On one occasion, the doctor asked, “Do you have any medical problems?” Obviously, the answer was a resounding “Yes!” – and she probably asked the question simply to determine whether or not he realized what was happening to his health in recent weeks. He answered immediately with, “No!” Yup, Dad. You’re a regular athlete in training for the London Olympics, aren’t ya? I know he knows he’s sick, but he keeps trying to maintain that shred of illusion (probably self-preservation) that he’s fine. I can’t say that I blame him. I know he’s very aware that he’s sick and is very worried about it even though he doesn’t show it often.

There are so many seniors in hospitals and nursing homes now with no one to advocate for them.

I’ve made a point to make sure that I know everything going on with him. And others in my position have done so in the past and will continue to do so in the future. It’s just what you do when you have a sick parent or other family member. If I were a caregiver, I would be so frustrated at having to take inaccurate verbal histories from seniors (or anyone else) who is not able to properly explain themselves or give good explanations as to what they’re going through. I would hope that electronic health records would help ease that burden – privacy be damned, quite frankly.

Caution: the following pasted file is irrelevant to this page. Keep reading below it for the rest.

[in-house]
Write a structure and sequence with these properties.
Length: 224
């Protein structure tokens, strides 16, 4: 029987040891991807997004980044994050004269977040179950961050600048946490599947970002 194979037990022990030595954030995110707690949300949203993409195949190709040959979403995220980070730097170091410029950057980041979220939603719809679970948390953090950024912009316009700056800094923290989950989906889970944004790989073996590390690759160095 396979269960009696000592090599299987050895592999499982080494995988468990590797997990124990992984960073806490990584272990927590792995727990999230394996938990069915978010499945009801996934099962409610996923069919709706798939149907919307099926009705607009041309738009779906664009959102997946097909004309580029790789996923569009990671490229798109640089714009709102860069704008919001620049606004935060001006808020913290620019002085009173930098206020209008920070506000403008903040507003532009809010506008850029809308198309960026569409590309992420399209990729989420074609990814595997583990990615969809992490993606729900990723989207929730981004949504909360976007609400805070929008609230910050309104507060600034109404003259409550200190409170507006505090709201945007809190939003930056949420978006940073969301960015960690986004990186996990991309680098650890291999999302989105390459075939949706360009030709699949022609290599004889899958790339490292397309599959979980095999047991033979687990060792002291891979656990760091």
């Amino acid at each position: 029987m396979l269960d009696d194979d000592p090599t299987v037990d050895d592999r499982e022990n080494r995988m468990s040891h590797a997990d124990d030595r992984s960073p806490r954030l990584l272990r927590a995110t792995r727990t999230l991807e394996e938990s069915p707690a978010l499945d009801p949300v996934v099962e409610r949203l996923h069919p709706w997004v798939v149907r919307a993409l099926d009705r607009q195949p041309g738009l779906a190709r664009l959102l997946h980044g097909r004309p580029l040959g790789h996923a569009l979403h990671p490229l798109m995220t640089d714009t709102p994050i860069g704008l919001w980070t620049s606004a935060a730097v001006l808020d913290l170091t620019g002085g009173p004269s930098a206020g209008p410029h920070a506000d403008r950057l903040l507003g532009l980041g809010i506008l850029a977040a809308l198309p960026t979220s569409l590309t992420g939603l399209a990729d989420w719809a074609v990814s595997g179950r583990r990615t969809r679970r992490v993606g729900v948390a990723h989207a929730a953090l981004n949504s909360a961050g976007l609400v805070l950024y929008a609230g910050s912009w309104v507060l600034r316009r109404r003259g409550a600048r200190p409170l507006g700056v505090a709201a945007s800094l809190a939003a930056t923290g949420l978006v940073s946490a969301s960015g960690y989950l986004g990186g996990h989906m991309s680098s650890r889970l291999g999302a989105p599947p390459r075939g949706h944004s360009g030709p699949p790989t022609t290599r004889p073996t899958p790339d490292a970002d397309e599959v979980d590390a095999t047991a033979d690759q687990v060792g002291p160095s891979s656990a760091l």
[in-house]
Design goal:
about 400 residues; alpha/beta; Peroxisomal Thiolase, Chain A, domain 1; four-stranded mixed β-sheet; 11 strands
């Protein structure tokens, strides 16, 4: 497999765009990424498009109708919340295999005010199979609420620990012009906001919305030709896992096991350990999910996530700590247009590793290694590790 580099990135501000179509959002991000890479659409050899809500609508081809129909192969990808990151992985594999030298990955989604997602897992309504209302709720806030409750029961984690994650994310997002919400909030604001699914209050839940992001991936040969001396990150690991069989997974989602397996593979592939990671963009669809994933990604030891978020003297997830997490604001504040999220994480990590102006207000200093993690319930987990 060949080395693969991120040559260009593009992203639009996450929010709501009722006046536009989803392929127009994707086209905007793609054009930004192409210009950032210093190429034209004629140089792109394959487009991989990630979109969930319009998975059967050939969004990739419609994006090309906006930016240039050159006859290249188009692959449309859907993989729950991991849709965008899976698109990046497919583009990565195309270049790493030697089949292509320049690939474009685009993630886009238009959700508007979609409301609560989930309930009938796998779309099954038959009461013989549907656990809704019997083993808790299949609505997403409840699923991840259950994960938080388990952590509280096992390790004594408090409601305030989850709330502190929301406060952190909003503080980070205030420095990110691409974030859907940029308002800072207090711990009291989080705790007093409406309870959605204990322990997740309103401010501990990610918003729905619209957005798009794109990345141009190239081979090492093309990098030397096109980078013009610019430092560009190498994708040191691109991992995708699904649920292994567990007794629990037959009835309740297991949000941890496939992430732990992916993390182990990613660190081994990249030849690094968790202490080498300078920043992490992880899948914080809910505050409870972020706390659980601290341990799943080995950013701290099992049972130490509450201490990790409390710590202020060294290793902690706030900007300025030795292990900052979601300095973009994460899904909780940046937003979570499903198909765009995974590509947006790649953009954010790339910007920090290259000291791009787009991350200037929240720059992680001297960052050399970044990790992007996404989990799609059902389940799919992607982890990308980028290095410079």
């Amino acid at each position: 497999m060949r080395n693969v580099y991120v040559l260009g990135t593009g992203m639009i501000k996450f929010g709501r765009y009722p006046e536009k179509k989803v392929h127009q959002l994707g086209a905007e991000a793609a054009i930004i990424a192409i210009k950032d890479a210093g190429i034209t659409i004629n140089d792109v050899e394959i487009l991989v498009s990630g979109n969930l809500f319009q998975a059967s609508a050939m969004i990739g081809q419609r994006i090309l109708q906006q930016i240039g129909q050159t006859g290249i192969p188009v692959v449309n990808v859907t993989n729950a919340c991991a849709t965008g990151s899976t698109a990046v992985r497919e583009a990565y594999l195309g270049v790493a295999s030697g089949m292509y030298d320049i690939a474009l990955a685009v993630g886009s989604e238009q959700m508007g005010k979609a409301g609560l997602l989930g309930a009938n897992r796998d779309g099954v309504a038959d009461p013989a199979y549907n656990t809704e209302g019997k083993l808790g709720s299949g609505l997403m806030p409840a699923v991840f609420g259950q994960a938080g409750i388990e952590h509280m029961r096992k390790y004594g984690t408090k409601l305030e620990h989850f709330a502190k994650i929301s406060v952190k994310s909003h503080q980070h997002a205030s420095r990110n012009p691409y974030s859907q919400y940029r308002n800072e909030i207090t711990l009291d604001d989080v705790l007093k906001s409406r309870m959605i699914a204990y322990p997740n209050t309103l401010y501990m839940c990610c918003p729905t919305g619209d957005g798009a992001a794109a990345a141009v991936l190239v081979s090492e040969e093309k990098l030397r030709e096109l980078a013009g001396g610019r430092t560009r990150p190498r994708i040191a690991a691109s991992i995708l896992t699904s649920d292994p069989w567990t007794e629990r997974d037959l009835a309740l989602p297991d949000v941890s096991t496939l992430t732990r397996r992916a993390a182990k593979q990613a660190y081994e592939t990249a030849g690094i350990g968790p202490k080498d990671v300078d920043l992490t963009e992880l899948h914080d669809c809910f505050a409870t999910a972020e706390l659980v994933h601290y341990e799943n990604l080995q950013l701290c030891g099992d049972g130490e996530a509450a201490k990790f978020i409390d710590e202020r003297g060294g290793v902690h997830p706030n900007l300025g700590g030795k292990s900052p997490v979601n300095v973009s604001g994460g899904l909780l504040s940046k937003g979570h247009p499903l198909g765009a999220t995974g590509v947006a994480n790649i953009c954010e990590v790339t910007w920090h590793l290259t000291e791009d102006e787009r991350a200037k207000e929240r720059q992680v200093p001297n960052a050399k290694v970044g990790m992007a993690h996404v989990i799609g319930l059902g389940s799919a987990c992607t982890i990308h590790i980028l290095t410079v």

I mean, really, if you’re lying on a stretcher in a hospital’s emergency room, wouldn’t it be beneficial to your health that the medical personnel had a full and complete history of you at their fingertips?

If the only person who knows your history is on vacation for two weeks and you’re unconscious, how the heck would anyone know?

At some point, saving your life and bringing you back to health quickly should trump a privacy issue that would hide the fact that you cut your “hoohoo” by pulling up your zipper too fast after a bathroom break during that big drunk back in 1987.

Family members have many responsibilities when an elderly loved one enters the hospital – everything from doing their laundry, to checking in with medical staff to ensure all is well, to even helping their loved one choose their meals so that the food they get will be what they like so that they eat and keep up their strength.

Extended hospital stays are hard on everyone. The patient is often bored and definitely not feeling well. There’s little personal privacy. You have to be prodded and poked at on a daily basis. You’re worried about your health – and so is your family.

I’m not sure how this will all end, but I do firmly believe that electronic health records would make the journey that much easier.

The time has come for us to get over our privacy addiction and agree to share data with those charged with caring for us.